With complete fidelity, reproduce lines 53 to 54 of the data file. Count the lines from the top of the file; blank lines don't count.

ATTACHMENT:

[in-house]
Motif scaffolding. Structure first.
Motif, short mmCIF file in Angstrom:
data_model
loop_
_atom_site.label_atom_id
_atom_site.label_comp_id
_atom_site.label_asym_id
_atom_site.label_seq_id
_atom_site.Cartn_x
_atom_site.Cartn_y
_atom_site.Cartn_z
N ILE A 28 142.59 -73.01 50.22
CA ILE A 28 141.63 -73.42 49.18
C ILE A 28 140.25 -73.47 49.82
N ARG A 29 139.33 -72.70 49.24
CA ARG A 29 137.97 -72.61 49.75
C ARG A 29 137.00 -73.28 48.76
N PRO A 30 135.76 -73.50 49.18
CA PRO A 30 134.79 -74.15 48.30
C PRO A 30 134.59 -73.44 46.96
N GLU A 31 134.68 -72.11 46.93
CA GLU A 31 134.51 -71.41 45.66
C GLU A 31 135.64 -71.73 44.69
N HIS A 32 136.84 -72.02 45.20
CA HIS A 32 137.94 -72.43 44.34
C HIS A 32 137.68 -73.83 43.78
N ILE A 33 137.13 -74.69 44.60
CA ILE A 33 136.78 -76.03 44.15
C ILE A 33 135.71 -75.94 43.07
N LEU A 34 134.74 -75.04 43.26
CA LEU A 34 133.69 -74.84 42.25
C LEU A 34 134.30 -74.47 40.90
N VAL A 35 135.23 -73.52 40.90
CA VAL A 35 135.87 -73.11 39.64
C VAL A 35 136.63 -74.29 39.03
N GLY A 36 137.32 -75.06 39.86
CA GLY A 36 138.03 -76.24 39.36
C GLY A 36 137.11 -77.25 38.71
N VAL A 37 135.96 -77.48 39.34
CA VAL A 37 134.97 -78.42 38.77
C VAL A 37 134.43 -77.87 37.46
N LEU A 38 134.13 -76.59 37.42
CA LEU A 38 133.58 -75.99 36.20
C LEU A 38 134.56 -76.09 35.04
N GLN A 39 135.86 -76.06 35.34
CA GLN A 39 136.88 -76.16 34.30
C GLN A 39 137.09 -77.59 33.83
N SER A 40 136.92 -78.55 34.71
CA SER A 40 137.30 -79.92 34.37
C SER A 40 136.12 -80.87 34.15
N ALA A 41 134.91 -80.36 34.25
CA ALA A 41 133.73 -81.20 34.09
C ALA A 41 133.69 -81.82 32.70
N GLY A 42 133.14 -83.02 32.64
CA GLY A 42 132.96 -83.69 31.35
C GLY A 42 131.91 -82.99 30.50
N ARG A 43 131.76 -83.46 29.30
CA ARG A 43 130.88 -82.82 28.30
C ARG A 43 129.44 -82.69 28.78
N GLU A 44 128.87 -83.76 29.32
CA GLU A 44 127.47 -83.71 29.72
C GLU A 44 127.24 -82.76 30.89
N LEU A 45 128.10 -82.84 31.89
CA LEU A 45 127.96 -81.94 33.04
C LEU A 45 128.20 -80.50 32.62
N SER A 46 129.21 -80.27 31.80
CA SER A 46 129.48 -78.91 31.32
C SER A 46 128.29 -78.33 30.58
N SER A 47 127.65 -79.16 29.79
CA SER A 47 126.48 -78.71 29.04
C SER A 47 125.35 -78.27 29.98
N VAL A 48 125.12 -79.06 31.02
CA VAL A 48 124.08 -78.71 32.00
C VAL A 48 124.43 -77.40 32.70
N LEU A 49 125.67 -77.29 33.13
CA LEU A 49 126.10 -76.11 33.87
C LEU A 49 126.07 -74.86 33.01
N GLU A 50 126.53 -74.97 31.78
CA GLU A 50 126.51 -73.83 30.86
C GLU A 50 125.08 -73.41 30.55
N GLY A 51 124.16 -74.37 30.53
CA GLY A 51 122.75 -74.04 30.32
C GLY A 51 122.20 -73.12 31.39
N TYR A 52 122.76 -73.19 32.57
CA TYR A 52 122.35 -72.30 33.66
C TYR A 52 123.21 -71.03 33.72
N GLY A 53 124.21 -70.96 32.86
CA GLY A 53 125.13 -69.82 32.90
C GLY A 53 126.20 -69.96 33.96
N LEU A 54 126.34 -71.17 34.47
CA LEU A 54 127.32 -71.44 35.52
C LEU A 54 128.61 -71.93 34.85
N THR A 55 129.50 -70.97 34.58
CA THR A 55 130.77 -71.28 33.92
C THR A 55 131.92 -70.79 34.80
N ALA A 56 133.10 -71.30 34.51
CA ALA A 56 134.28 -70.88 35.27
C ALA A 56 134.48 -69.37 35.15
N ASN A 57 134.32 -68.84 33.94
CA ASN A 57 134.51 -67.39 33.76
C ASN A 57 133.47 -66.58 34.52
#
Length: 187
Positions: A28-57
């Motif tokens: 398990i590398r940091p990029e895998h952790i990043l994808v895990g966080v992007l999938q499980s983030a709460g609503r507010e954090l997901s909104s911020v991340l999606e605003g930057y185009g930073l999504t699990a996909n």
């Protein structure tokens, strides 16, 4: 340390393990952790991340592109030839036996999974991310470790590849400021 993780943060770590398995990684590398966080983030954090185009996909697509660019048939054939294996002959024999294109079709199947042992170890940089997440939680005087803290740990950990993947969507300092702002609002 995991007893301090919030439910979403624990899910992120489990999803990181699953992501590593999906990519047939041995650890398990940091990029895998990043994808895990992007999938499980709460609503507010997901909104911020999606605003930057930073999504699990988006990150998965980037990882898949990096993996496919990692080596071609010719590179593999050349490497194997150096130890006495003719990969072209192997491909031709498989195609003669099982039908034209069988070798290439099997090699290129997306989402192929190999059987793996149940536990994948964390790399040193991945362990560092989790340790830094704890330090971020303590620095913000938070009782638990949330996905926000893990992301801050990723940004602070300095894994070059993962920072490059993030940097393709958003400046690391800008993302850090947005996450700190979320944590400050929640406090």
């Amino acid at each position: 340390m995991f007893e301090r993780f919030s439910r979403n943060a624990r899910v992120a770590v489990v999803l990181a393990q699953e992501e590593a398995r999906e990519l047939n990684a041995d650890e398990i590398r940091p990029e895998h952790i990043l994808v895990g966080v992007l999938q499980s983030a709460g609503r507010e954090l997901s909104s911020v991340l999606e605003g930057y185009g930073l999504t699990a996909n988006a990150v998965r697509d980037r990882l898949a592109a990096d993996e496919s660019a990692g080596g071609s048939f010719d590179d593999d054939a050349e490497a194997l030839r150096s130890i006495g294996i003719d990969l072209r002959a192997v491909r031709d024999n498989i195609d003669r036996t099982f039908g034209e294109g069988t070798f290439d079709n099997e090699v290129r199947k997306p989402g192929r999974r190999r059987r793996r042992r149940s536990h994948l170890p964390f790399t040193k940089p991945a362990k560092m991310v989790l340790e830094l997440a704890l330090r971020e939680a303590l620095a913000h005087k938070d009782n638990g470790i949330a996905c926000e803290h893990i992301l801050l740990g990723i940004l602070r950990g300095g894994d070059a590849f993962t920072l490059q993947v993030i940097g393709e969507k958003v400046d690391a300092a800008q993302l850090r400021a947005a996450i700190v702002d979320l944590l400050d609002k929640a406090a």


CA ALA A 41 133.73 -81.20 34.09
C ALA A 41 133.69 -81.82 32.70